The reason cell phone driving bans fail

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Last updated April 12, 2019

A new study from MIT in Boston has revealed that the reason cell phone driving bans may be ineffective is because people who use their cell phones while driving are more likely to already be unsafe drivers.

The brand new study, which involved as many as 108 people, separated drivers into two groups: one for those who frequently made use of their cell phones while driving and those who only did so on rare occasions.  In comparison to the rare user group, those who frequently used their new or old cell phones while driving drove an average of 4.4 kilometers quicker, engaged in harder braking maneuvers, and changed lanes twice as often.

“These are not ‘oh my God” differences’, says Bryan Reimer, a MIT human factors engineer who also served as the leader of the study.  “They are subtle clues indicative of more aggressive driving.  It’s clear that cell phones and in and of themselves impair the ability to manage the demands of driving, but the fundamental problem may be the behavior of the individuals willing to pick up the technology.”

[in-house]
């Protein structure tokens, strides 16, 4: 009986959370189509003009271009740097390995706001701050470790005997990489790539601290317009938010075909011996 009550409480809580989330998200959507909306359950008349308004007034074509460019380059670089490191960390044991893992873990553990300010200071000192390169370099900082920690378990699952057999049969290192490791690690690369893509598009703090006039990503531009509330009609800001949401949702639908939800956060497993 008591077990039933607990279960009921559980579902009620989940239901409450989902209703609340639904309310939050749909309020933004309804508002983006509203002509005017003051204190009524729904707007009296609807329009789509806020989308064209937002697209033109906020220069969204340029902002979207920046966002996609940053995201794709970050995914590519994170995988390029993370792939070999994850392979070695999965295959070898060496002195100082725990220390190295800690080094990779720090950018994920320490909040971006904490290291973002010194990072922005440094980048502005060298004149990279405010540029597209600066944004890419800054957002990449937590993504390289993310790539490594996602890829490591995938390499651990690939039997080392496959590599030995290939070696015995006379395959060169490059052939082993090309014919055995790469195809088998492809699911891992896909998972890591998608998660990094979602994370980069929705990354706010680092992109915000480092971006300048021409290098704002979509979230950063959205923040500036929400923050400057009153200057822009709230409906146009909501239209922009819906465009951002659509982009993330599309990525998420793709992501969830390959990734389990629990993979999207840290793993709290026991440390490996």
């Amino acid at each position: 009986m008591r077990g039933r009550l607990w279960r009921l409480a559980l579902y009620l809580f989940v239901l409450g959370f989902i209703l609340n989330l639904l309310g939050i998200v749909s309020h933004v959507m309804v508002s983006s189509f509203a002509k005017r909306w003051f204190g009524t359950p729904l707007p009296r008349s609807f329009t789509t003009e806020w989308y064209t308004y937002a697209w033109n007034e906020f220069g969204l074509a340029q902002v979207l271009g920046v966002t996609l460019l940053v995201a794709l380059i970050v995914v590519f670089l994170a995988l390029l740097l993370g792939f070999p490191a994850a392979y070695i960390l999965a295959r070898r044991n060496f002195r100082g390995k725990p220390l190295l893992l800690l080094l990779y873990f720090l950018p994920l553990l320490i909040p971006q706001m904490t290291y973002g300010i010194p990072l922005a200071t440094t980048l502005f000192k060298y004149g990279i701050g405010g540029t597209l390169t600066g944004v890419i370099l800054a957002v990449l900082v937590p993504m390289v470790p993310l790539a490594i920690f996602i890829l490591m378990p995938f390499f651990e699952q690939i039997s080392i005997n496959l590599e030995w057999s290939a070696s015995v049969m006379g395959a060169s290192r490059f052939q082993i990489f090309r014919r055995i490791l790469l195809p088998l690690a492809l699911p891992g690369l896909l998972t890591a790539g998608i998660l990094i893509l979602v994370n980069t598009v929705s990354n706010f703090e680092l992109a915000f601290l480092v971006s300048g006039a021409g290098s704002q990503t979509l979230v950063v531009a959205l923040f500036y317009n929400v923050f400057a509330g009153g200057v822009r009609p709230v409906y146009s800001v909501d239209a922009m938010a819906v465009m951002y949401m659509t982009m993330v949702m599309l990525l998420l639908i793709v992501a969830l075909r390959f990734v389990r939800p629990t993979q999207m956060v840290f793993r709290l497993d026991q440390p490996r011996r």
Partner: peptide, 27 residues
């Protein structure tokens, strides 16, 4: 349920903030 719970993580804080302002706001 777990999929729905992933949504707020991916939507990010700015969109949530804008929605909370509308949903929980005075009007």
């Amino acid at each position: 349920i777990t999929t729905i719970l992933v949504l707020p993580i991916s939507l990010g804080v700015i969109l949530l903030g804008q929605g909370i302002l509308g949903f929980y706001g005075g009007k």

The 108 people were divided equally into people from three different age groups – 20s, 40s and 60s, and they asked to drive 40 minutes along Interstate 93, which is north of Boston, in a Volvo SUV that had been decked out with heart and skin monitors, onboard sensors, video cameras and an eye tracker.